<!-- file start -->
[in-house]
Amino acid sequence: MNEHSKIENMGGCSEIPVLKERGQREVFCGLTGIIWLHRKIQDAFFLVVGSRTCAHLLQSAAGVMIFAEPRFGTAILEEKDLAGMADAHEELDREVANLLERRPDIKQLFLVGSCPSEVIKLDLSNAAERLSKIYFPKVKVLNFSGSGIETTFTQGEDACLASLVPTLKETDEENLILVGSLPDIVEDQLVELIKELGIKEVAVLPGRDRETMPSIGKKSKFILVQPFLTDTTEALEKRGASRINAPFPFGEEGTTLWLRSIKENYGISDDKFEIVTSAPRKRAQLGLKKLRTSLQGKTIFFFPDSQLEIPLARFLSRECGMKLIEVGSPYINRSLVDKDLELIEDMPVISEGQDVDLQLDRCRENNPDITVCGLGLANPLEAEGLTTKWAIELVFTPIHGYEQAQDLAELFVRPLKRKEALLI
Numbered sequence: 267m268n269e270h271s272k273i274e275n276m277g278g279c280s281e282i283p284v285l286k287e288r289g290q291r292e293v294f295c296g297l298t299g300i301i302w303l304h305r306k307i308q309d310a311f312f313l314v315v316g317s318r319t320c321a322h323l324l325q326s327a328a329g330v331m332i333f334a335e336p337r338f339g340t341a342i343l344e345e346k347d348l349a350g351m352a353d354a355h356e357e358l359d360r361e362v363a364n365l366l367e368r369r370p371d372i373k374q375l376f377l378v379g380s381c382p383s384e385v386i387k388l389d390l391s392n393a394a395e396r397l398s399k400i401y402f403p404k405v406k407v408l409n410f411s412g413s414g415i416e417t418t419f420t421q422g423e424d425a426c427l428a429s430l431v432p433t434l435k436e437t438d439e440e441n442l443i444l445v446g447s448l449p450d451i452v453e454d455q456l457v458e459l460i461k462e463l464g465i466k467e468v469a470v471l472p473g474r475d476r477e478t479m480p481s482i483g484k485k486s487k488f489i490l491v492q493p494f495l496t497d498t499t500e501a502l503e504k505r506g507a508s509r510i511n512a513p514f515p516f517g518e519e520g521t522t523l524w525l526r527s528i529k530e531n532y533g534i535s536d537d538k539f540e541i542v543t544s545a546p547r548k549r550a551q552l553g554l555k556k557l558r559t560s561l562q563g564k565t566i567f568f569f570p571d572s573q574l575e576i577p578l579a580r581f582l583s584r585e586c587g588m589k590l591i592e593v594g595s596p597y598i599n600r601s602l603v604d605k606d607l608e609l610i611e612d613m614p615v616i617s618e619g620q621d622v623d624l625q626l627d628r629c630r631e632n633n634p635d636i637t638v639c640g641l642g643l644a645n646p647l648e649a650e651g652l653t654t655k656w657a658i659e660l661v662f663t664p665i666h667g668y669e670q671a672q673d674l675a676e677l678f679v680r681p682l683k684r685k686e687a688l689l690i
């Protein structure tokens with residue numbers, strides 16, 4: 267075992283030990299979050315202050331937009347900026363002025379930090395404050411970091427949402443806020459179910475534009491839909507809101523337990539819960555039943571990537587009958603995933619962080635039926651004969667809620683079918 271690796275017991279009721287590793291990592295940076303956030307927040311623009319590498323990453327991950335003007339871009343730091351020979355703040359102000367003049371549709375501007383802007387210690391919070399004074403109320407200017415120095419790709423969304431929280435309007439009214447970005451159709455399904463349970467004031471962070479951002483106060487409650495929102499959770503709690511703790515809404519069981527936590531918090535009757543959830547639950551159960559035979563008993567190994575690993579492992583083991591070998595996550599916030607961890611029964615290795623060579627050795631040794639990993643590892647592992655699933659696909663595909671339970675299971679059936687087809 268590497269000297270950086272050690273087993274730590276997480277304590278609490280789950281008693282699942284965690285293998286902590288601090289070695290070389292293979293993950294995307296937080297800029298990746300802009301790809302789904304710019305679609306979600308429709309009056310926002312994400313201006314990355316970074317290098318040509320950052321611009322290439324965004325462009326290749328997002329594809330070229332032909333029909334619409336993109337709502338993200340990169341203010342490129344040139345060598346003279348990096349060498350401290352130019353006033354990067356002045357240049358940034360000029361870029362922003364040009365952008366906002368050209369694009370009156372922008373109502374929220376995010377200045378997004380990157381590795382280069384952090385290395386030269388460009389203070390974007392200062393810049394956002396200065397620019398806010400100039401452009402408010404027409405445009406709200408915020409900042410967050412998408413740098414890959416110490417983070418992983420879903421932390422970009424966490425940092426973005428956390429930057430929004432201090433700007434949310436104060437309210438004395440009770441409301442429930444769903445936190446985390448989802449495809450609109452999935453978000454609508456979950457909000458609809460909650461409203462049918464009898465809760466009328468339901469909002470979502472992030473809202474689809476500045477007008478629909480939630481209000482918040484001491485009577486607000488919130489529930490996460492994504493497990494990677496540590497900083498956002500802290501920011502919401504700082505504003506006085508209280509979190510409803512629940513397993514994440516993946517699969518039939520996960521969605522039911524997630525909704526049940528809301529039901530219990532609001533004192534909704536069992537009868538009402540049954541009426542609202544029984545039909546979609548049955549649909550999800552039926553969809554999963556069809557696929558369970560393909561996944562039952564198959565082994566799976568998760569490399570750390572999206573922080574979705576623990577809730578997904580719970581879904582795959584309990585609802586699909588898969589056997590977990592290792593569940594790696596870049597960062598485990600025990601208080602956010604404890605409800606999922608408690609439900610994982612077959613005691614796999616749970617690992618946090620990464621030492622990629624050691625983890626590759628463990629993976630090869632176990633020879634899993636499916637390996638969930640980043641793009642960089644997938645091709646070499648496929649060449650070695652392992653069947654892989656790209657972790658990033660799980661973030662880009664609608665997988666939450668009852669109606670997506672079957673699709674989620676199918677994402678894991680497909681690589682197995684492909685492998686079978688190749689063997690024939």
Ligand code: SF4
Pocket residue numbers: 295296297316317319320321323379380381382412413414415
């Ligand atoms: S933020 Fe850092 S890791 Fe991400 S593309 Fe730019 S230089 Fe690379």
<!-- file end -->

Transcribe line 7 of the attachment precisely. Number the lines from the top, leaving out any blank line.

């Ligand atoms: S933020 Fe850092 S890791 Fe991400 S593309 Fe730019 S230089 Fe690379």